The sound


By Michael Swanger


Seeds for Thankful Dirt’s debut album sewn by couple’s lives, fate


Some married couples finish each other’s sentences. Molly and Darren Matthews finish each other’s songs.

Like Joe and Vicki Price, or Bo Ramsey and Pieta Brown, add the Des Moines couple known as Thankful Dirt to the short list of talented Iowa husband-wife tandems in tune with each other onstage and off.

Don’t believe me? Listen to their splendid, self-titled debut album to be released this week. So intimate are the album’s 12 original songs that soulfully mine the collective organic sounds of folk, country, bluegrass, blues and rock sounds that you feel like you’re listening to the couple discuss the joys and tribulations of their lives over a cup of coffee at their kitchen table. Most importantly, though, you’re able to relate to their stories.

“In songwriting, performing and recording, it goes really smooth for us,” said Molly Matthews, 36, of her onstage relationship with her 41-year-old-husband of nearly five years. “We feel like a team.”

That feeling of “team” began offstage when they met nine years ago. She was a single mother who had given birth to a son shortly after high school and worked for the National Weather Service. He was a guitarist, having played in several bands including High and Lonesome. Together, they combined their experiences to write emotional songs like “Mortgage Day,” “Fix All Your Pain,” “Twenty Years Down” and “Blessings I Receive,” a duet with Brother Trucker’s Andy Fleming.

“This record is deeply personal for Darren and I. We lived through a suicide, and my father passed away six months after that,” she said. “It took nine years for those songs to come out. They’re cathartic for us. That sounds cliche, but it’s really true because we worked through all that stuff in these songs.”

Their songs would not have come to life had fate not intervened in the fall of 2008.

“One day, Darren caught me singing,” Matthews said. “He was upstairs listening to an album by The Band, and I was in the basement doing laundry when he heard an extra harmony part he had never heard before. He turned down the stereo and realized it was me singing.”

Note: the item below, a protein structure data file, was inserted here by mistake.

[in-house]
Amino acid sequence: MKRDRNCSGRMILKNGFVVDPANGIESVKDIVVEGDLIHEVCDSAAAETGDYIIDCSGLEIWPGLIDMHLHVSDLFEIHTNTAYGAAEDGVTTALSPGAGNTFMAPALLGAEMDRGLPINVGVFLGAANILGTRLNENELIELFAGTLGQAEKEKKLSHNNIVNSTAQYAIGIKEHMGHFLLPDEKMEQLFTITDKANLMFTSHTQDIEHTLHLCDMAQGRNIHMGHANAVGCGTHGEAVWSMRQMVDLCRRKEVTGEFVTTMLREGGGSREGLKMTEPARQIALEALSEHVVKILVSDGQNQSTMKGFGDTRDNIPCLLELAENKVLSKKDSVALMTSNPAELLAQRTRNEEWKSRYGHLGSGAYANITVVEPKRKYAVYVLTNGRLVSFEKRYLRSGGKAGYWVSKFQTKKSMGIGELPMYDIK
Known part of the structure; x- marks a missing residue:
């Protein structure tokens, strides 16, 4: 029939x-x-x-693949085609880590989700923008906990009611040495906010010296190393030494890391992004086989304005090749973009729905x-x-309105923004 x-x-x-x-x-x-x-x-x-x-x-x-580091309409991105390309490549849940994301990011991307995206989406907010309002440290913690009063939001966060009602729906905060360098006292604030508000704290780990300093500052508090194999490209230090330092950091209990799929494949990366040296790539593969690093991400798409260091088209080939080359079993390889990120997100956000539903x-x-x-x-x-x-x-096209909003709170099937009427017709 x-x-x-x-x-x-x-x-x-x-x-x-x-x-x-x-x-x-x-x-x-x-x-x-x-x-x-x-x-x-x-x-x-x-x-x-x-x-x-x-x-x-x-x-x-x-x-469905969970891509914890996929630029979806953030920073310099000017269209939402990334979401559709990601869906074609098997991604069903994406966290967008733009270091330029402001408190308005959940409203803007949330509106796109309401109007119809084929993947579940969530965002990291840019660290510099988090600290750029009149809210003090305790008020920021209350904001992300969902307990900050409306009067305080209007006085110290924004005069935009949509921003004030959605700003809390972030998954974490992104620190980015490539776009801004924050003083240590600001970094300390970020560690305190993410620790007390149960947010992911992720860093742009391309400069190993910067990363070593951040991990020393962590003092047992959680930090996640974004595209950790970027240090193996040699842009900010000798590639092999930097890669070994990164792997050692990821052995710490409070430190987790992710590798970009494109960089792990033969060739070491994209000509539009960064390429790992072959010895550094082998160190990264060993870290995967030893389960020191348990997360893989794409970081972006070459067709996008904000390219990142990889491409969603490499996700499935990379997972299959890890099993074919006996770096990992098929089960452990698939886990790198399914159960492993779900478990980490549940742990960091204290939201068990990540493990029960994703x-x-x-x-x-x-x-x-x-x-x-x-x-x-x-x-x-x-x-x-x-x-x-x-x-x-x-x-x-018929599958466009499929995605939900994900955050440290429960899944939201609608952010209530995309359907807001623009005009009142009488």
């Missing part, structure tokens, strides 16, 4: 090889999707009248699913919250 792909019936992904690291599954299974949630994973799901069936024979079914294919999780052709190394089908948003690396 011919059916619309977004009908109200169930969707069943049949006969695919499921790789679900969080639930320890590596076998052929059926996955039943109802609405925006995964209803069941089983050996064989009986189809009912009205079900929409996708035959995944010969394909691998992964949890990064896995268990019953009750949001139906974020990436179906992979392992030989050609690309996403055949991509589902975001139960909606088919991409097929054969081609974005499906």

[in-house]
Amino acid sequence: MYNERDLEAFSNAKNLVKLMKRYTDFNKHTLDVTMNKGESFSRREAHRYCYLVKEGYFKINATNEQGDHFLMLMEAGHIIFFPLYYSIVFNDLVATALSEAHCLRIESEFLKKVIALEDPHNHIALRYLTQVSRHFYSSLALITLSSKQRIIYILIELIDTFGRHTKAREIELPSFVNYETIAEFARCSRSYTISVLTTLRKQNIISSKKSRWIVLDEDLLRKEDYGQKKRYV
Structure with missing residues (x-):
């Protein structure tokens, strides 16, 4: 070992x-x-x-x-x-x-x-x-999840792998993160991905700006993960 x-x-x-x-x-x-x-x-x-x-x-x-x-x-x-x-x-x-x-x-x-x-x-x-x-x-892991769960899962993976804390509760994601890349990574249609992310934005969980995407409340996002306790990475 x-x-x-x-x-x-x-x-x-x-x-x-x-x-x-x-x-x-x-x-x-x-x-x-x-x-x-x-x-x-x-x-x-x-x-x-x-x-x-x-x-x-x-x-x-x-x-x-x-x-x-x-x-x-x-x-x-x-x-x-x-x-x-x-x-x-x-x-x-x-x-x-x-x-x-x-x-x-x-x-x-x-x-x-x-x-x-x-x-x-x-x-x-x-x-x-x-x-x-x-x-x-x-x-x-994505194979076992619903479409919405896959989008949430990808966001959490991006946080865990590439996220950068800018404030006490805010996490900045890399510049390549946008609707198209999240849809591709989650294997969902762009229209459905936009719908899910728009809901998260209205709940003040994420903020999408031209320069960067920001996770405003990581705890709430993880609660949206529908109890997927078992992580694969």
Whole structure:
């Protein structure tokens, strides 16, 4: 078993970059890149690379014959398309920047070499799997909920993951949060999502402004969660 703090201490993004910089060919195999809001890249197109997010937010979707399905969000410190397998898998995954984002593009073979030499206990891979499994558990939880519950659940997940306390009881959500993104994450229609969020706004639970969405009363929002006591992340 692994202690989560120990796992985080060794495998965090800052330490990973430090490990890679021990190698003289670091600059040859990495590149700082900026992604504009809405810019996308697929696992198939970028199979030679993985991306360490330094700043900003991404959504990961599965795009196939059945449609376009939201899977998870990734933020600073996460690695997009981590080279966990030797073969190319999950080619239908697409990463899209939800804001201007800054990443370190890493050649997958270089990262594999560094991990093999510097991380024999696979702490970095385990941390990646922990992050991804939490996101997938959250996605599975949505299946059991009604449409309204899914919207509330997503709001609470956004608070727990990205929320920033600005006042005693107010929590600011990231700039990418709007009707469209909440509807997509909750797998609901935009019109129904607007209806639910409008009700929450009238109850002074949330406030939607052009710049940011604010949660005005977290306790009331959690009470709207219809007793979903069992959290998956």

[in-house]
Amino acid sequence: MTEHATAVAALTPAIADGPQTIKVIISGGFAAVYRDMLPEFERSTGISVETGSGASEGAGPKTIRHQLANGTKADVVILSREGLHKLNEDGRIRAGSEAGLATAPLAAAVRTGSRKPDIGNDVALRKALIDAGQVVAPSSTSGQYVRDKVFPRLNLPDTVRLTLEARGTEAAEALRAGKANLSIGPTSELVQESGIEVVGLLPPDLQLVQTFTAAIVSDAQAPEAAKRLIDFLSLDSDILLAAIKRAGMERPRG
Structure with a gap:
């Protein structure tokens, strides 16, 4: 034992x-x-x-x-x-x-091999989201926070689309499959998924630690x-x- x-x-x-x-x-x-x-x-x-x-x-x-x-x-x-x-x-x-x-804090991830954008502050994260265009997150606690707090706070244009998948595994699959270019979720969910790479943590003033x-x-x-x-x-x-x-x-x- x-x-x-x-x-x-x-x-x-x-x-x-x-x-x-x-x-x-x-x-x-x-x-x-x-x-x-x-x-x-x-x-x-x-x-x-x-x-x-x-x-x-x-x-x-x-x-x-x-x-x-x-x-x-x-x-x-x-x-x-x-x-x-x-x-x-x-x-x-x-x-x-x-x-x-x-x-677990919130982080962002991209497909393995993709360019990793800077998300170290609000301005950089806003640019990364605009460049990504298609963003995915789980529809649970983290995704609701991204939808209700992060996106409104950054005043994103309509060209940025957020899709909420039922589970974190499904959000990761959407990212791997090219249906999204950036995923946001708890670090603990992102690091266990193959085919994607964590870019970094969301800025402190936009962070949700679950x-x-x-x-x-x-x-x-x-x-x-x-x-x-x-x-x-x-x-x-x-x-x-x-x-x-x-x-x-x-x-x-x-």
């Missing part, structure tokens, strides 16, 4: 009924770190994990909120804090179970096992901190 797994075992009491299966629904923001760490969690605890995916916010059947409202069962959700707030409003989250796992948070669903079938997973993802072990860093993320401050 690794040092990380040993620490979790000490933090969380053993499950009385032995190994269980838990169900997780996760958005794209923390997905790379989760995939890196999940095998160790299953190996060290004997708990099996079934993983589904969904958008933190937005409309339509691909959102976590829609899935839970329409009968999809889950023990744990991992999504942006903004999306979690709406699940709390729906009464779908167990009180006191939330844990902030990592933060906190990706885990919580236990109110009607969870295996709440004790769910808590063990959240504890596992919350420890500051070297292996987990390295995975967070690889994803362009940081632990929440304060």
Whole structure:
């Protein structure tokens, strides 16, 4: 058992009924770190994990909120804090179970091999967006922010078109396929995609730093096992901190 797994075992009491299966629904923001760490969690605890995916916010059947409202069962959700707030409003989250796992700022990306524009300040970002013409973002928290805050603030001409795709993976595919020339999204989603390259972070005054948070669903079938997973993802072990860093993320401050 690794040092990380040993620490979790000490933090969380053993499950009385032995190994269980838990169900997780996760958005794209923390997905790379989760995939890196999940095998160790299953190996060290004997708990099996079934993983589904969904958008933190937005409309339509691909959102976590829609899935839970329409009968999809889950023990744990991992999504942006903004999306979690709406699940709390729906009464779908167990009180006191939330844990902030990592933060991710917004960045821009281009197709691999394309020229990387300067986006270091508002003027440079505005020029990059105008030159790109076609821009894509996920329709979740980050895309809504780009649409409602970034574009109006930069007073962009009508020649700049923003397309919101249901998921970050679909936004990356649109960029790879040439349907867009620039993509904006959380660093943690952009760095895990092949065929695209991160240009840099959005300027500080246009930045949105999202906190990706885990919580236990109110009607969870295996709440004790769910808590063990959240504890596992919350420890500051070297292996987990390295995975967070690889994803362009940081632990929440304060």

After a few home jams, which further revealed a gifted singing voice that is often compared to that of Natalie Merchant’s, Matthews’ husband casually informed his wife that they had landed a gig opening for his friends, Brother Trucker.

“I didn’t think of myself as a singer by any means, so I could have died because that’s a pretty big way to launch a band,” Matthews said. “Although it was terrifying, it was a huge gift. I got addicted immediately, and when I came home from that show I wanted to do it again. It made me realize it was something I needed to be doing for a long time.”

Last week, Matthews was working to book summer gigs to promote “Thankful Dirt” (recorded at Minstrel Studios in Iowa City by Brad Rieks and John Svec). With her son enrolled in college, she and her husband are pursuing music full-time. When they aren’t busy handling the business end of their music, they write and arrange new material, sometimes borrowing ideas from one of Darren’s old notebooks filled with unused, original lyrics.

“We work closely together,” said Matthews, who credits her husband for the new album’s arrangements and most of its best songwriting. “One of us will write a song, and the other will add a few lines or change a few words. There’s something romantic about that.”

The music, Matthews said, has also made their marriage stronger.

“When you go down a path like this, you can see your personal relationship going one of two directions,” she said. “We were taking a bit of a risk deciding to work together full-time.”

Nonetheless, she is grateful for the opportunity.

“There is a little more financial pressure on us, but I see things coming together,” Matthews said. “I’m thankful for every day we do this.” CV


Caption: Thankful Dirt performs a CD release show on Wednesday, May 12 at 8 p.m. at El Bait Shop. The duo will perform with a full band and special guests, including Brother Trucker’s Andy Fleming. Photo by C.J. Mathes


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